Is the AC adapter currently plugged in? If not, give it a shot. Boot to safe mode just for the hell of it to check, try another ethernet cable and don't forget to check Device Manager to see if your card still shows up as a detected device. If all of these come up with the same results, it's probably shot.

    Gojira2.png
  • scrivenerjonesscrivenerjones Registered User regular
    edited February 2010
    Lookin' good from Device Manager's point of view:

    1266372321.png

    Cable was tested minutes ago. Guess I will try Safe Mode next before I get Dell on the horn.

  • Torque MonkeyTorque Monkey Registered User
    edited February 2010
    My bad, missed the part with the cable. If the computer hasn't disabled it because of a power saving feature, my money at this point would be that she's dead, jim.

    Gojira2.png
  • AsiinaAsiina Registered User regular
    edited February 2010
    Sorry that I can't give a better description, I'm not very computer savvy, but I had this same problem with my Dell laptop. It just stopped recognizing the cable one day. Everything was exactly like what you said (including it appearing to work fine in the Device Manager), and doing all of the things you said it didn't work either. At one point I had opened up the computer for something unrelated and after starting it back up it ran this really long, detailed scan that I don't really know the name of. It took at least 30 minutes and was before it actually booted into windows.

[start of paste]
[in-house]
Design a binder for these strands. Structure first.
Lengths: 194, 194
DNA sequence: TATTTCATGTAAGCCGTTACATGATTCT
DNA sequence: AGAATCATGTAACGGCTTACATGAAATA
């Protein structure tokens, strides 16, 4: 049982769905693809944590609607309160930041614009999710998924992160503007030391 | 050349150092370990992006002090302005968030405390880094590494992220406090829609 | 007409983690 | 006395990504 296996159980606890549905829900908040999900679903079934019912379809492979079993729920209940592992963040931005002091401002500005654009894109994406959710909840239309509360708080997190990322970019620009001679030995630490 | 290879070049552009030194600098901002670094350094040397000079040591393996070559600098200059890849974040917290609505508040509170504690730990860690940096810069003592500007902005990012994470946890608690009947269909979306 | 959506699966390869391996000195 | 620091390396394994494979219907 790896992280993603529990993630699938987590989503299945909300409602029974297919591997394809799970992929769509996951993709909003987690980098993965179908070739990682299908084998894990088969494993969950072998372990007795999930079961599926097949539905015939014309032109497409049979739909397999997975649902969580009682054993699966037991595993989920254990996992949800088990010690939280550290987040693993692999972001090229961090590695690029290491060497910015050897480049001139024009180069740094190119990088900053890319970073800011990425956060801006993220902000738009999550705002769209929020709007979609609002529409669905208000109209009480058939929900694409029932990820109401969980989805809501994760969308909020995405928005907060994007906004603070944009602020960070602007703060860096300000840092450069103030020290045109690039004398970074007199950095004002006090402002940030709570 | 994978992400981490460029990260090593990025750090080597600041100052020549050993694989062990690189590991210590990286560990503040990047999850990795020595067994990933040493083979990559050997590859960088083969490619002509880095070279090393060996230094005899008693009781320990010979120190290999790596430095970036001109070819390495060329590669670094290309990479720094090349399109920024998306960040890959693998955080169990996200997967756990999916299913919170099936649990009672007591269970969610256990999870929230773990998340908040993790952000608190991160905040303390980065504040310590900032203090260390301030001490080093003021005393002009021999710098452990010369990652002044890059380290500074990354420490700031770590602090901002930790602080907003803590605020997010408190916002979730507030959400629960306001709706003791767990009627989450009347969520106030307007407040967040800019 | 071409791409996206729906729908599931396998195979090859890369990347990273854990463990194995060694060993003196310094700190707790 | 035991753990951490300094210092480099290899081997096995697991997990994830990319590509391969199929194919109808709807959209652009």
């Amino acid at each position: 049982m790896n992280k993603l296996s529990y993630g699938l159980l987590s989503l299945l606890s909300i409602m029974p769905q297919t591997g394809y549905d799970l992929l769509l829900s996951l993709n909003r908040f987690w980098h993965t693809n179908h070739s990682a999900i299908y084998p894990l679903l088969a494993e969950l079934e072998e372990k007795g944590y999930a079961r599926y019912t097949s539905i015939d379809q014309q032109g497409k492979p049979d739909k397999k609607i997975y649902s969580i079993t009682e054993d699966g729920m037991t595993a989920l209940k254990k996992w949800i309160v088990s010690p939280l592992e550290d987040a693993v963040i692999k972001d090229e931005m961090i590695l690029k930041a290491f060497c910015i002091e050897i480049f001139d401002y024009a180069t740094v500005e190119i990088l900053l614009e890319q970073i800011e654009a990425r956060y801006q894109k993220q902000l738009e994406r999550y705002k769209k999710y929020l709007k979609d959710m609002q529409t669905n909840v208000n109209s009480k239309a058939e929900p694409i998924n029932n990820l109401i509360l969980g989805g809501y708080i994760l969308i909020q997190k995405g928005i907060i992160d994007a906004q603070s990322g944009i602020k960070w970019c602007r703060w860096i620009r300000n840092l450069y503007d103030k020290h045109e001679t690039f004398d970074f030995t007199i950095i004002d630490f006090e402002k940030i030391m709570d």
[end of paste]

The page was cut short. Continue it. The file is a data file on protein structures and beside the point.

After that, it the port just suddenly worked again. I hope someone can decipher what I've said into something useful. I just know that I had this exact problem and no calls to terrible Dell support or replacement parts were necessary.

  • scrivenerjonesscrivenerjones Registered User regular
    edited February 2010
    The ol' mystery scan, eh? I will give it a shot!

  • AsiinaAsiina Registered User regular
    edited February 2010
    I know, I'm the least helpful person ever.

    People who are not quite as unhelpful as me have informed me that what I am describing is chkdsk.

  • Torque MonkeyTorque Monkey Registered User
    edited February 2010
    chkdsk /f
    chkdsk /r
    sfc /scannow